tldr; Great performance, beautiful prose, horrible pacing and unbelievable plot and characters make it hard to care and hard to finish. This book's got problems. But I'll say happily that what it does well it does great. If you're looking for good reading, beautiful and witty prose, and rich and decadent settings then you'll love it. Scott Lynch makes every line a work of art. He paints an incredibly detailed and compelling picture of the world of Locke Lamora. And the voice acting, while sometimes a bit much, fits this style of book perfectly. If you are looking for something fun to listen to, this is it. On the other hand, if you want believable characters, a well paced plot, or satisfying payoffs then this is NOT it. I'd love to list all the myriad problems that made me have to work to finish this book, but I'll keep it brief. The plot does not make sense. Many individual aspects of the plot do not make sense. I think I can say that no major characters make it through the book without making at least one decision that makes absolutely no sense. The plots concocted by Locke, his allies, even his enemies are absurdly improbable and frankly don't feel very clever. The biggest issue, however, is that main driving plot is a mess. The main goal, the central conflict, changes over and over as new characters are introduced and then left behind. A huge amount of time is spent developing adversaries who then just disappear with literally no resolution. When, in the last 2 hours of the book, we are told to believe that the subplot from the very beginning of the book (which has had almost NO impact on the plot for literally a dozen hours and which has been so overshadowed by events as to be near completely irrelevant) is now again vital, I had to stop listening for a day or two because I just could not muster any care at all for how the story ended. These issues with the plot are compounded by a real pacing issue that I noticed both in this book and in the first of the series. We get frequent flashbacks that do very little to add to the main plot and mostly just derail us. Huge amounts of time are spent on things that don't really impact anything in the long run. It's very hard to maintain the tension and interest needed to get through a long book. Lastly, and this one even more than the other issues I acknowledge as being a personal, subjective gripe, there's this underlying sense of unrealism that plagues these books. By this, I don't mean the fantasy setting of the books, I love the setting. The world feels very real, it's the people in the world that just don't feel like they belong to me. I think the root of this issue is that Scott Lynch is determined that the main characters be fully sympathetic, while still being thieves. Is it obvious why that's a problem? All of the good guys in the book are thieves and pirates, but we are never shown them harming ANYONE significantly. Locke will go to great lengths to not injure an innocent bystander, but he literally lives by stealing from innocent bystanders. The pirate captain is contrived to never pirate anyone who is really harmed by her piracy. It's like we're in this gritty, messy world, and all of the main characters are from a Disney movie. This really gets to me because it ruins their characterization. Sometimes they're scheming thieves, but then they're soft hearted heroes. You can't have it both ways, Scott. And I swear, if I have to hear Locke and Jean argue for another minutes about how they both want to sacrifice themselves for the other I will gouge out my eardrums. I am so sick of that plot point coming up in these books, I don't understand how these people can live so dangerously and commit so many crimes and then just go to pieces if one of their friends is in danger of death. It's just NOT FUN TO LISTEN TO. IT'S INCREDIBLY BORING. Sorry this was all so long but in summary the book is very well written on a small scale but on a large scale, the plot and characterization, the book is a mess.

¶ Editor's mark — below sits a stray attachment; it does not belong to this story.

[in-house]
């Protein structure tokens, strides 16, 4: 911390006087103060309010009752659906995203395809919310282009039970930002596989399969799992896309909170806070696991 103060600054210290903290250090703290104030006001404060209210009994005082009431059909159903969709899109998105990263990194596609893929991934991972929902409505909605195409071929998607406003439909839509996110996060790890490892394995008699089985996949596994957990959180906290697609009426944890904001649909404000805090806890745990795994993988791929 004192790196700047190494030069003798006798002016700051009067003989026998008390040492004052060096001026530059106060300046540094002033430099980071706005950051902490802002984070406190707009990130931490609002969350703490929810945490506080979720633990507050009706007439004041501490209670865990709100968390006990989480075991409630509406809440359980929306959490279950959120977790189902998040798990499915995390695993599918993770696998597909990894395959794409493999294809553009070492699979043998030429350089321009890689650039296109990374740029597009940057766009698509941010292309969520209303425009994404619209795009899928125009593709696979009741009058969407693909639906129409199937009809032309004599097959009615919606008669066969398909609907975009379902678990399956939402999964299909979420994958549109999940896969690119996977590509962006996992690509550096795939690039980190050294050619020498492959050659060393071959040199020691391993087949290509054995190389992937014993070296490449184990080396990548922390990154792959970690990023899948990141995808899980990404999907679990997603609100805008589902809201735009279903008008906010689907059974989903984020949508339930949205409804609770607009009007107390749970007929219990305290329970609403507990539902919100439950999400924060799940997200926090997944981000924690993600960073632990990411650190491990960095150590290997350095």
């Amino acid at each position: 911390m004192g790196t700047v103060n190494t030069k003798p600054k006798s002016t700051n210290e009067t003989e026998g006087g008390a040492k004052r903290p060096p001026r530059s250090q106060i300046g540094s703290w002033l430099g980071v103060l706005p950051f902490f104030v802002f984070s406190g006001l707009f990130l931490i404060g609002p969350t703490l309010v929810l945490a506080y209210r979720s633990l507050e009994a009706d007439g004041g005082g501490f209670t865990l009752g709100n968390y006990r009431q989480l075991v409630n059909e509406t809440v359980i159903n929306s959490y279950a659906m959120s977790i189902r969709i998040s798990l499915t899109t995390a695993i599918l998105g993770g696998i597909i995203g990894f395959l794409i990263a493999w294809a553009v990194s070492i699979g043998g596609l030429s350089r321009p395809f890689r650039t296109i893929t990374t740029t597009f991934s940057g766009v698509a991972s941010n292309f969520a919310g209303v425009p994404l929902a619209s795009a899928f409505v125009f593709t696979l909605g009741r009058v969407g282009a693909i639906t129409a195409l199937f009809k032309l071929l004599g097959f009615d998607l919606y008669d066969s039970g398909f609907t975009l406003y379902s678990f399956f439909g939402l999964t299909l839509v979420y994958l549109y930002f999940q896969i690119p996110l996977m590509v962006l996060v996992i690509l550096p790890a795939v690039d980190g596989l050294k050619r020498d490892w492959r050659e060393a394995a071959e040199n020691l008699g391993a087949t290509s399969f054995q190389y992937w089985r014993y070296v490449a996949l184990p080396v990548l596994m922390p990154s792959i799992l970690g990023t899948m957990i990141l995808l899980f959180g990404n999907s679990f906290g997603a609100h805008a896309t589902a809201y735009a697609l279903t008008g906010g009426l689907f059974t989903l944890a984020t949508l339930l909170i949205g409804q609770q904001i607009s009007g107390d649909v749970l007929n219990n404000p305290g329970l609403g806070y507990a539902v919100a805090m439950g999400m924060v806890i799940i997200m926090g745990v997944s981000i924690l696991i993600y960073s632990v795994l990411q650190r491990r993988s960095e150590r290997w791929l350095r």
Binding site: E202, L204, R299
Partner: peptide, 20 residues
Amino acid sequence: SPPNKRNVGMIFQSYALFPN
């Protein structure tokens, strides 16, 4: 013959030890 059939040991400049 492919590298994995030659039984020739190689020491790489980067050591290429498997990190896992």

14 people found this helpful

  • Overall
    3 out of 5 stars
  • Performance
    5 out of 5 stars
  • Story
    3 out of 5 stars